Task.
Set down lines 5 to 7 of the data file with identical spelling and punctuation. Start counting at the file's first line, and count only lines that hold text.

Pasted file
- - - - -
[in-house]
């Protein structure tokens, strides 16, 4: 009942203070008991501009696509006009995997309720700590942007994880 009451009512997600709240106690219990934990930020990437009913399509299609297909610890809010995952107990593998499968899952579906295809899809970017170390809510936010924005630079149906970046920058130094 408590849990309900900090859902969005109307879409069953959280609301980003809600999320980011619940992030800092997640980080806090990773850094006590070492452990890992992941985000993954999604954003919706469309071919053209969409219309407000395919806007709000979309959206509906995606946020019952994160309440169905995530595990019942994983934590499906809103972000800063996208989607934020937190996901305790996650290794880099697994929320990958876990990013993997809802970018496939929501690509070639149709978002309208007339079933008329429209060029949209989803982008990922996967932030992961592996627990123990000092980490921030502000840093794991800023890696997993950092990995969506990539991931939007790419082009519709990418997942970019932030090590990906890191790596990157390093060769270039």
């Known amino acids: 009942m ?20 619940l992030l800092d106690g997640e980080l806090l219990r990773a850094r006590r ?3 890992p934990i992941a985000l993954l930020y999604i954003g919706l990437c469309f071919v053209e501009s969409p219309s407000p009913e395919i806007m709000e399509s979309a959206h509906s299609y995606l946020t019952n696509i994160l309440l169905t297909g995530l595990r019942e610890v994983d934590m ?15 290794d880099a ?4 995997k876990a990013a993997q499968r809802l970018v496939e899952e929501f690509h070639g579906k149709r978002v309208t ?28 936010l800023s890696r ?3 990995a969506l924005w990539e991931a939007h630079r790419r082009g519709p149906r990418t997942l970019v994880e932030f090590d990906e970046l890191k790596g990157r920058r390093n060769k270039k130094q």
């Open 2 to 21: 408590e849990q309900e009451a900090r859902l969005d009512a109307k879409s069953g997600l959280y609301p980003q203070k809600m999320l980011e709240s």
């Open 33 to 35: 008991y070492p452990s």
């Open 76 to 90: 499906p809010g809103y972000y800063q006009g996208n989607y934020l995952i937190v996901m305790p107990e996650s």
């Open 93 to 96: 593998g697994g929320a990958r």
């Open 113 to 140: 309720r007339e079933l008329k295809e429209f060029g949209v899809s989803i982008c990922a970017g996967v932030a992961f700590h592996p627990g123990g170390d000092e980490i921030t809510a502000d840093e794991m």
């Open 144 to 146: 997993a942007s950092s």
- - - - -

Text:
């Open 33 to 35: 008991y070492p452990s």
């Open 76 to 90: 499906p809010g809103y972000y800063q006009g996208n989607y934020l995952i937190v996901m305790p107990e996650s």
């Open 93 to 96: 593998g697994g929320a990958r």